14. mikedt

    mikedt 你好 Guide

    Thing is now, many CDMA phones are dual mode, they can do GSM/HSDPA as well as CDMA, e.g. the iPhone 4S and 5. If say a CDMA/GSM dual mode phone is locked to Verizon Wireless, it makes the GSM capability effectively useless. Also probably means you can't use it outside of the United States either, on any foreign GSM carrier.

    Does CDMA do roaming? Can you roam a CDMA phone on another CDMA carrier? i.e. you have a CDMA phone that's locked to Verizon, would you be able to use it on China Telecom, which is a CDMA carrier?
  15. jhawkkw

    jhawkkw Chinchillin' Moderator

    Yes, you can roam on other cdma networks, it happens quite a bit when I'm close to the Canadian border at the 1000 islands where Rogers has strong signal while Verizon is weak.
    mikedt likes this.
  16. Rxpert83

    Rxpert83 Dr. Feelgood Moderator

    Sprint and Verizon are compatible with roaming as well
  17. Gmash

    Gmash Well-Known Member

    That's what the ETF is supposed to be for. And even if you buy the phone outright, the carrier has no obligation to unlock it for you. Some will provide the unlock code if you tell them you are going on vacation overseas or something, but they don't have to, and from what I've read, it's very inconsistent on whether they will do it or not. They should also be forced to unlock it once you have completed your contact, but they currently don't have to.

    That's the problem.
  18. deathsled

    deathsled Well-Known Member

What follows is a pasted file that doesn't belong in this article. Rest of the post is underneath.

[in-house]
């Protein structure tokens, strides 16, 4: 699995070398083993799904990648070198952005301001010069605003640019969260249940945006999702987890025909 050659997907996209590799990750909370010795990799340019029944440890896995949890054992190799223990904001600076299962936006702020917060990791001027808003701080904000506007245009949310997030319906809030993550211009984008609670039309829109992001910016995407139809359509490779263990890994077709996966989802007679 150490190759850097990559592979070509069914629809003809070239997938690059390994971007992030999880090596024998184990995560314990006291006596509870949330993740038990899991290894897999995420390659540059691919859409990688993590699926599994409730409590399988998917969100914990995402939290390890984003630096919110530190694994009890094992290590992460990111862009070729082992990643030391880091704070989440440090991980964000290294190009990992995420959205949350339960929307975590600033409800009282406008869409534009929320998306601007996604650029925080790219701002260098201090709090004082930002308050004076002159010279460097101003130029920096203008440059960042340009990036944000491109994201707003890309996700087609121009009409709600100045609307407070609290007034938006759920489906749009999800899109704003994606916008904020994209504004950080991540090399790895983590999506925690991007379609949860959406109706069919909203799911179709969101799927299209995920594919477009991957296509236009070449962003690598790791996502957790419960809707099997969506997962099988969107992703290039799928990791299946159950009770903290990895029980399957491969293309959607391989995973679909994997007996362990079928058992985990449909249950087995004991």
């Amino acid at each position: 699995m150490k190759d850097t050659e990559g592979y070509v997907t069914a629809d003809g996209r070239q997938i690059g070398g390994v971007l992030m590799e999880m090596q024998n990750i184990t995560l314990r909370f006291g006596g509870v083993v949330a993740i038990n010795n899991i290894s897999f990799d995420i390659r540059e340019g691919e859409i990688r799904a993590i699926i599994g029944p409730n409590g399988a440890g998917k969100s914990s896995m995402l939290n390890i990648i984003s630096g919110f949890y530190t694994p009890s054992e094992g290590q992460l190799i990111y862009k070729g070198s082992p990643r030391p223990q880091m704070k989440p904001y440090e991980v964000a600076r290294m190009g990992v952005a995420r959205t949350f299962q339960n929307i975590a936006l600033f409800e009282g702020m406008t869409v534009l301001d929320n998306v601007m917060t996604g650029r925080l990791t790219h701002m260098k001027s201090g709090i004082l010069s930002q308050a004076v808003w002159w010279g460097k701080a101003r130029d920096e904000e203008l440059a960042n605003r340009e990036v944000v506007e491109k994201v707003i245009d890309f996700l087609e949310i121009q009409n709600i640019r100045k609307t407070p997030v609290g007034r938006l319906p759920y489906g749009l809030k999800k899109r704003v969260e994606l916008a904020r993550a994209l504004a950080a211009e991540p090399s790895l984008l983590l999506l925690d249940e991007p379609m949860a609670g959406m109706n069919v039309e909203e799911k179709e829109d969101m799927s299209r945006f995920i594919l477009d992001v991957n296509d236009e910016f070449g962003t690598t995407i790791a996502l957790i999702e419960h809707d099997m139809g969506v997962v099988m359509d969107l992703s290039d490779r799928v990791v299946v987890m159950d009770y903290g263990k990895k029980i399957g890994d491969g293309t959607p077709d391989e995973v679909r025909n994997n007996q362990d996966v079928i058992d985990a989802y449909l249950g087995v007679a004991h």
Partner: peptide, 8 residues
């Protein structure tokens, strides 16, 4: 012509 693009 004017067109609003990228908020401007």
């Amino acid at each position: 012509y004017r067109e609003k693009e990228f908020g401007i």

Big difference between rooting/unlocking a phone and "carrier unlocking a phone".

    All they're really saying is if for example you buy an AT&T phone under a 2 year contract that during those 2 years you can't carrier unlock the phone to use it on another provider like T-Mobile. Once the contract is up with the carrier you can do what you want. That's REALLY not a big deal.
    raynoldsk likes this.
  19. JIMV

    JIMV Well-Known Member

    Which brings me to the big question. Where does the government get off making modifying ones own property illegal through regulation?

    Do you own the phone or simply rent it?

    It is like buying a car but being prohibited from changing the channel on the installed radio
  20. miked6875

    miked6875 Well-Known Member

    So can I take my EVO V to Cricket for example since I'm not under contract with Virgin ?
  21. XplosiV

    XplosiV Master X is Watching You VIP Member

    Surely for those who want an unlocked phone, you simply shop around untill you find the phone you want supplied unlocked with whoever the carrier might be?

    @ JIMV - to take your point and put it another way. is it legal to buy a replica M16 and make it fully functional?
  22. Rxpert83

    Rxpert83 Dr. Feelgood Moderator

    If you buy the phone outright then its yours.

    If you get a $400 discount offered by the carrier and sign a 2 year contract the phone is only truly yours after the contract is up.
  23. JIMV

    JIMV Well-Known Member

    It has to do with the nature of property and the concept of ownership...If I buy something I own it and can therefore do with it whatever I desire. If I buy a car I can replace the radio. If I buy a home I can repaint it. Apparently, if I buy a phone I can only do what the seller desires...

    That is not ownership but some weird rent relationship.

    Imagine if You bought a car but the car could only be driven on roads approved by the seller! Would you say you owned your car then?
  24. JIMV

    JIMV Well-Known Member

    With the proper permits and license, yes....
  25. JIMV

    JIMV Well-Known Member

    No, the phone is yours immediately. The contract is for the service, not the phone. They could care less which phone you use or if you use the ssytem at all. They simply demand their monthly check.